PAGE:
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$1.2b ADB grant to support Afghanistan’s energy security

$1.2b ADB grant to support Afghanistan’s energy security

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On
Dec 07, 2015 - 19:22

KABULinfo-icon (Pajhwok): The Asian Development Bank (ADB) on Monday approved $1.2 billion grants to reinforce ongoing energy projects in Afghanistaninfo-icon, provide new funds to boost supply and promote cross-border trade in energy. 

The grants include $750 million from ADB’s Special Funds resources, and up to $450 million from the Afghanistan Infrastructure Trust Fund, which will be administered by the Manila-based bank.

In a statement, ADB said the funds would be disbursed in multiple tranches, with the first amounting to $275 million earmarked for release this year. The remaining tranches will follow through to 2025.

Afghanistan’s energy demand has grown by almost twice its economic growth rate from 2005 to 2012, and it taps around 80% of its total supplies from neighbouring countries.

The reliance on energy imports, small size of the domestic market, limitations in transmission and distribution networks and governance and financing weaknesses leave energy security highly vulnerable.

In its first tranche, ADB will fund the last missing links for an expanded Turkmenistan-Afghanistan power interconnection, allowing the country to increase electricity imports for year-round supplies.  

This will include constructing over 300 km of a 500 kilovolt transmission line connecting Shiberghan to Dasht-i-Alwan, and over 60 km of a 220kV line from Andkhoy to Shiberghan.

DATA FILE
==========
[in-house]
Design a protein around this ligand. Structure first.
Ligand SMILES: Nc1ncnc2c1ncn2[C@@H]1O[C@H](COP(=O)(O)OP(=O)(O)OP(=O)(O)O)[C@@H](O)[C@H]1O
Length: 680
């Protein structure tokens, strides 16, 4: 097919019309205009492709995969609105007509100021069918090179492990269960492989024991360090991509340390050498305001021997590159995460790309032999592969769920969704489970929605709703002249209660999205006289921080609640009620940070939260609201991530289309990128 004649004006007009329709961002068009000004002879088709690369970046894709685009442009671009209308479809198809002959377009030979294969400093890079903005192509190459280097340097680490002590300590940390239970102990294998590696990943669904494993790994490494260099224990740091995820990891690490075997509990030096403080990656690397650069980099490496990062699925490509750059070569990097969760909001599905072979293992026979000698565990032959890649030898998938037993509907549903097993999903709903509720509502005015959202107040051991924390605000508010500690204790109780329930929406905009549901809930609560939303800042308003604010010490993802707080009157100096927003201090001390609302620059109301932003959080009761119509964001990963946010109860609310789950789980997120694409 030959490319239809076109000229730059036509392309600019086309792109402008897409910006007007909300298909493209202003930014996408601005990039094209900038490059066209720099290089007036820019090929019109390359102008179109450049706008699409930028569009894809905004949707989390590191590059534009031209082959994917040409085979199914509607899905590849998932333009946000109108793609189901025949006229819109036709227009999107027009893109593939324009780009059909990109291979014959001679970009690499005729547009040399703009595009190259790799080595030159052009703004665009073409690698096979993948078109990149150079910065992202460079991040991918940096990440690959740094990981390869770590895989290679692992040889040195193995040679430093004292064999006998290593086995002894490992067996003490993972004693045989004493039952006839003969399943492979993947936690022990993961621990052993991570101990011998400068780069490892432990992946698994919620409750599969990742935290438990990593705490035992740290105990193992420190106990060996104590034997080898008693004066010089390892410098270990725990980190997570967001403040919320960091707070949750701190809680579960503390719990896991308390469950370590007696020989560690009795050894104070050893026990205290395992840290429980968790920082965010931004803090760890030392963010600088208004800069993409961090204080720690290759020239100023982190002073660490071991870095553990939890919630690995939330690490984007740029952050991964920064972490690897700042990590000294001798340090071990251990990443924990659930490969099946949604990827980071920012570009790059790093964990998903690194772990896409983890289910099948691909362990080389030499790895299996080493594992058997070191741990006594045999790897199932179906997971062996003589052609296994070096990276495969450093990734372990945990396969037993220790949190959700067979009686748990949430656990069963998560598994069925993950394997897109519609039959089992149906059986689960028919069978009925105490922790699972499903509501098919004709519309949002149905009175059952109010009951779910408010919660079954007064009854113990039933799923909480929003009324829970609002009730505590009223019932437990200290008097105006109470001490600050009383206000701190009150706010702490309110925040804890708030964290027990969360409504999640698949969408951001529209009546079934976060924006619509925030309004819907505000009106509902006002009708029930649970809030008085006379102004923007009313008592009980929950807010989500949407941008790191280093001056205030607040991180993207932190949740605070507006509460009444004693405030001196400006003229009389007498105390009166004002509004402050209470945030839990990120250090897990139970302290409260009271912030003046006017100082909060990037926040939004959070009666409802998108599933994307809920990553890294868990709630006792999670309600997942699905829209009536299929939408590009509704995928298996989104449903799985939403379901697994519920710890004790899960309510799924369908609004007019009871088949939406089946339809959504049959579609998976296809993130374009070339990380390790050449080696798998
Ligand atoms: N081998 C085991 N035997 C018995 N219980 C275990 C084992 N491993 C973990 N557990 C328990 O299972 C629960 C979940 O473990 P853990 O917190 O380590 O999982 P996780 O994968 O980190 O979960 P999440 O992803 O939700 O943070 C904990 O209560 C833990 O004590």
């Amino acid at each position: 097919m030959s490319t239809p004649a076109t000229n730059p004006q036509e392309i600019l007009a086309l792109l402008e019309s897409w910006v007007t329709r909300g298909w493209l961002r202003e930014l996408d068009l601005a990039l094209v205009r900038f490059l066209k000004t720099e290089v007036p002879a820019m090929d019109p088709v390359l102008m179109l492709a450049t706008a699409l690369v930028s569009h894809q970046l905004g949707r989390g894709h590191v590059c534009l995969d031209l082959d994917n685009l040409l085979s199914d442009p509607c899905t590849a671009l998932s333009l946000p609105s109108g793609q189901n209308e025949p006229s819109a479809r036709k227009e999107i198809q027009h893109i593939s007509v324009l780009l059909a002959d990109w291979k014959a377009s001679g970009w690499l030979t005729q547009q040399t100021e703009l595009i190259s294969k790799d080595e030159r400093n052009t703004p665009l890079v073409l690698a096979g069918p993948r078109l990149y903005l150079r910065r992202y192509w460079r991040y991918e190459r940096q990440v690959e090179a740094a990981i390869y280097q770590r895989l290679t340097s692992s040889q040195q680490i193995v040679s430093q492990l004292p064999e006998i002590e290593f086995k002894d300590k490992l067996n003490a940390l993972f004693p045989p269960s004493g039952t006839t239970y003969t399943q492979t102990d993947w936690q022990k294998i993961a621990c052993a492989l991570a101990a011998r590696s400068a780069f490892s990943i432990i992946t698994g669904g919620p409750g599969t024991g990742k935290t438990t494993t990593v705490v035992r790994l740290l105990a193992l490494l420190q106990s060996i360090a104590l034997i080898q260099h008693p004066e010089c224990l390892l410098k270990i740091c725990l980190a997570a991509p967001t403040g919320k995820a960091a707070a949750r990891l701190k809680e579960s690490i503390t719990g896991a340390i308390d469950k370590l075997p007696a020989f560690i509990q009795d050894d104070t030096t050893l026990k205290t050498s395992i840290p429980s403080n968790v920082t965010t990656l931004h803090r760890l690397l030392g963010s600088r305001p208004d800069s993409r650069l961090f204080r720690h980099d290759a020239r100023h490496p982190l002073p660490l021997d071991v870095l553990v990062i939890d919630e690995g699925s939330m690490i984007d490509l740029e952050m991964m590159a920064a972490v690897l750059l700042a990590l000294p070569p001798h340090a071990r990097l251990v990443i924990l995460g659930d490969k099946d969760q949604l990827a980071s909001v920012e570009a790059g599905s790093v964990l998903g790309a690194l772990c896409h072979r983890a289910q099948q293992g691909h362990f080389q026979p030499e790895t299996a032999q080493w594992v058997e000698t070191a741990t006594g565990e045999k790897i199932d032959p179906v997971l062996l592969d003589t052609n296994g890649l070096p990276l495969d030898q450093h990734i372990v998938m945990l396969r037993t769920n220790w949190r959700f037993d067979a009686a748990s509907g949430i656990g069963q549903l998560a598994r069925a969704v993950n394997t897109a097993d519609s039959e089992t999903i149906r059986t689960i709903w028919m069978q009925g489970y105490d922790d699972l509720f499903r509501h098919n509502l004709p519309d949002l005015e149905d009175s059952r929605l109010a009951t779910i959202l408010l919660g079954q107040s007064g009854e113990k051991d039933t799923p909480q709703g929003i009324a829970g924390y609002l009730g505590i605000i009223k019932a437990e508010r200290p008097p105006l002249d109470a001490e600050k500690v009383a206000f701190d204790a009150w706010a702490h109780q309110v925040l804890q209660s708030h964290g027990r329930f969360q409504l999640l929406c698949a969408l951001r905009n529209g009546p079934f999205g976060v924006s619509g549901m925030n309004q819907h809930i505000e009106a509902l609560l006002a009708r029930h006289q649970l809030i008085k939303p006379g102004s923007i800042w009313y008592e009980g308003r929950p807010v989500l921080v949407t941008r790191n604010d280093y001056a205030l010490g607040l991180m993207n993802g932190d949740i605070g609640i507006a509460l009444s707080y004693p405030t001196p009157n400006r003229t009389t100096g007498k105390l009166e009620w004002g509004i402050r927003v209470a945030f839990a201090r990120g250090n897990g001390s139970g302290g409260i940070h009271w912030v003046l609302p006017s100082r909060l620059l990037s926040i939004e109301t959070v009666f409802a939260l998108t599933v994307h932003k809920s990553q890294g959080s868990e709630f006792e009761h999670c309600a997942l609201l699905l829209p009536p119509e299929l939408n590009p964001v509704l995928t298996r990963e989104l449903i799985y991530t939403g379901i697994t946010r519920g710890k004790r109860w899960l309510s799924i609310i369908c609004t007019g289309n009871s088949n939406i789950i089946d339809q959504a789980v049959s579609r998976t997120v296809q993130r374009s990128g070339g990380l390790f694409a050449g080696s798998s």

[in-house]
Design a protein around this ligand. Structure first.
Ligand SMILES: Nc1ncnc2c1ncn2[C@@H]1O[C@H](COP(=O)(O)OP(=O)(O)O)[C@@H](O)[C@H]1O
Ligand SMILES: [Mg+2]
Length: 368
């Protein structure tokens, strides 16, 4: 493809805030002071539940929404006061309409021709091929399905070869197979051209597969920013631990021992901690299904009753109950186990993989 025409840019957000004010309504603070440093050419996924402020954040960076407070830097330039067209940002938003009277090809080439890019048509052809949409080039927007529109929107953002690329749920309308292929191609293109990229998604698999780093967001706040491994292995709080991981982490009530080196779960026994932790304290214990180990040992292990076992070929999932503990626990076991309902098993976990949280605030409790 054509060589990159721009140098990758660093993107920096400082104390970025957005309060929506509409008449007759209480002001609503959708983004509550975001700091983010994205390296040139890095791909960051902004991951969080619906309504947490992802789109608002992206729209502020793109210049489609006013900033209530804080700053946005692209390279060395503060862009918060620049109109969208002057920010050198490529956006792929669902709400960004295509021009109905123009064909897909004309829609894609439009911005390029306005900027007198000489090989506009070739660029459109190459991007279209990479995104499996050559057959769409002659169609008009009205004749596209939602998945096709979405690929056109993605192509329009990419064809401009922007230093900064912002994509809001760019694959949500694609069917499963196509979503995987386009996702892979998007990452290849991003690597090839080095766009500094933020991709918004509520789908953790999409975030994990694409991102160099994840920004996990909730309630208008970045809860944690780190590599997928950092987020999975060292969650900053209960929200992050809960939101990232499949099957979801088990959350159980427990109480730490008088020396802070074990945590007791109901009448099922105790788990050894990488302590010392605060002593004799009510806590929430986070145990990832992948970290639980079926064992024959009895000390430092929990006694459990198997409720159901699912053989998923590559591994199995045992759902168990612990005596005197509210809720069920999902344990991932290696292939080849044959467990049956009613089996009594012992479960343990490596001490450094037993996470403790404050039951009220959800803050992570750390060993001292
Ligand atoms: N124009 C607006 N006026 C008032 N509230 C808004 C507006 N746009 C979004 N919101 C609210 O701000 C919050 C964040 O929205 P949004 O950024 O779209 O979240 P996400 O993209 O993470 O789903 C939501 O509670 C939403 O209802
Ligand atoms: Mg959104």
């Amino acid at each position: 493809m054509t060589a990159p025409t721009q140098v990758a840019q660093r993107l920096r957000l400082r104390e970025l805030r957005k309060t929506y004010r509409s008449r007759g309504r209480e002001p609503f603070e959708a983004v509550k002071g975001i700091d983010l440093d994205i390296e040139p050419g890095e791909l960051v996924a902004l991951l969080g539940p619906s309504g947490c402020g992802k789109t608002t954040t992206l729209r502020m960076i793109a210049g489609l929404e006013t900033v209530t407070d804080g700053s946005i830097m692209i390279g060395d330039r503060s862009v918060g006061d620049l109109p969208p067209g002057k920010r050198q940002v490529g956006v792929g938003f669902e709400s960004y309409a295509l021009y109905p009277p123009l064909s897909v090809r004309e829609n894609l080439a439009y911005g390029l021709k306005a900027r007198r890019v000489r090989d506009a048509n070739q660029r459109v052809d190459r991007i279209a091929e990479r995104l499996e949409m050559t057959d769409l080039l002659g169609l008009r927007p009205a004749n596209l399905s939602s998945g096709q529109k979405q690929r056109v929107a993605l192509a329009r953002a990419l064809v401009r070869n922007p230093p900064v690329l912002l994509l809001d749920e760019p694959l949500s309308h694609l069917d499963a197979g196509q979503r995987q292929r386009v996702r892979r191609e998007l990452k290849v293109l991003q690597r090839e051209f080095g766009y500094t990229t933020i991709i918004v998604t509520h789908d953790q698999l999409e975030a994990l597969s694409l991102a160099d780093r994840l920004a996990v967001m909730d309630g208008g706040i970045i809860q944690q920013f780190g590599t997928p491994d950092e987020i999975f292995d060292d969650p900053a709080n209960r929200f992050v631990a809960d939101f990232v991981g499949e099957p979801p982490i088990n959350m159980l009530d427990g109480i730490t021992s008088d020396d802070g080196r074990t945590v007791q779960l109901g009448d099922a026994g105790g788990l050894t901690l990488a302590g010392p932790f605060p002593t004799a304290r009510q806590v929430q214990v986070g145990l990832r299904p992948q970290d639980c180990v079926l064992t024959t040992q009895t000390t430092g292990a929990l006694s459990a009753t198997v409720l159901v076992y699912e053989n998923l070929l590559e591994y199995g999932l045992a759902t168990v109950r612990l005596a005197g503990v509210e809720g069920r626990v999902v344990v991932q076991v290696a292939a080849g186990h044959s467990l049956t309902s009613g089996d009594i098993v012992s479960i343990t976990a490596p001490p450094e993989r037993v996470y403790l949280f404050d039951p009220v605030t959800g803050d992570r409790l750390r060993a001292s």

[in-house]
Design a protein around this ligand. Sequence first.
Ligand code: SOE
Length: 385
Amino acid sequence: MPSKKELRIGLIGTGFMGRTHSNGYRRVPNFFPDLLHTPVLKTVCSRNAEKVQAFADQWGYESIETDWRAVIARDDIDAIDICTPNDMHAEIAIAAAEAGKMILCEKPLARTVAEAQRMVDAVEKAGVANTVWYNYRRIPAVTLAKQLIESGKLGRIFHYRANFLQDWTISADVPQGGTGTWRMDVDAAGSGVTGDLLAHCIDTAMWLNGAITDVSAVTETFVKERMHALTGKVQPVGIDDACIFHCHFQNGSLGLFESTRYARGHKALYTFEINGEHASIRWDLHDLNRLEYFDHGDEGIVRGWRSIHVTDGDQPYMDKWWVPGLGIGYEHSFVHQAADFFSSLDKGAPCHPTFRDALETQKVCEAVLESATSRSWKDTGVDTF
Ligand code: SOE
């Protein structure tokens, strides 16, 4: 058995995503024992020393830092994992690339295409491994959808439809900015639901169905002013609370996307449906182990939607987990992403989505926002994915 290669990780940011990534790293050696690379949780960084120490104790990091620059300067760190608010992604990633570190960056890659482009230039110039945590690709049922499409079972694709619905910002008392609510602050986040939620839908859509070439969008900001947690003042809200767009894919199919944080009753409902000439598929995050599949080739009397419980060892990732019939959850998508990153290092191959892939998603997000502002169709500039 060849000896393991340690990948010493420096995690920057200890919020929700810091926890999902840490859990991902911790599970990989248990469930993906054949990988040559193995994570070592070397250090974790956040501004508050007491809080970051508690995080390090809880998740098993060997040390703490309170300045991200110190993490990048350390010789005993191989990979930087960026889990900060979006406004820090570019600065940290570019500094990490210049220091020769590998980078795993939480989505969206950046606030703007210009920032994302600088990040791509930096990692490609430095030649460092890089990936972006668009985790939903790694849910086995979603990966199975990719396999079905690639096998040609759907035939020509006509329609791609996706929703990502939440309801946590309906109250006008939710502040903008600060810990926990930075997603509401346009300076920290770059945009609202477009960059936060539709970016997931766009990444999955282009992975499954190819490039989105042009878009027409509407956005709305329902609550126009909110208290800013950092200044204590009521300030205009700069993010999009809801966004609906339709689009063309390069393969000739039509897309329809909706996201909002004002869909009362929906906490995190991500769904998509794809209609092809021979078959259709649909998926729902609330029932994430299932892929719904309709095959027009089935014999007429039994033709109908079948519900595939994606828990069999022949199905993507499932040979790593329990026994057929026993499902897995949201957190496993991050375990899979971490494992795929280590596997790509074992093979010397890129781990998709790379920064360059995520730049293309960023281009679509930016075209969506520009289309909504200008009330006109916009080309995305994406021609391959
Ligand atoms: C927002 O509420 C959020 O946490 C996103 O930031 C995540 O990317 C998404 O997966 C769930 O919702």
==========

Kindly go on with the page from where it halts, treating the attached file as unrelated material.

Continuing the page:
ADB will also provide support for developing a business plan and tariff framework for the state power utility, Da Afghanistan Breshna Sherkat.

Subsequent tranche assistance will focus on further transmission network upgrades, as well as support for domestic renewable energy projects and measures to boost both domestic gas production and imports via the Turkmenistan-Afghanistan-Pakistaninfo-icon-India gas pipeline.  

Senior Energy Specialist in ADB’s Central and West Asia Department Asad Aleem said: “Insufficient energy supplies and a demand–supply imbalance constrain growth and income opportunities and create economic disparities that can fuel ethnic and regional tensions.

“This assistance will support the government’s national energy supply programme of more than $10 billion, which aims to expand power supply to boost economic growth and cut poverty,” he added.

Afghanistan has seen energy demand grow by almost twice its economic growth rate from 2005 to 2012, and it taps around 80% of its total supplies from neighboring countries.

The reliance on energy imports, small size of the domestic market, limitations in transmission and distribution networks, and governance and financing weaknesses leave energy security highly vulnerable.

The national grid is also not synchronized with the systems of the four countries (Iran, Tajikistan, Turkmenistan, and Uzbekistan) which Afghanistan imports power from, resulting in higher costs and reduced reliability of supply.

ADB is Afghanistan’s largest development partner in the energy sector with cumulative grant assistance of nearly $2.2 billion, all of which is on budget with the government.

The programme is supporting targets of the government’s energy supply programme, which include increasing the country’s electrification rate from 30% to 83%, and lifting the share of domestic generation from 20% to 67% by 2030. 

pr/mud

 

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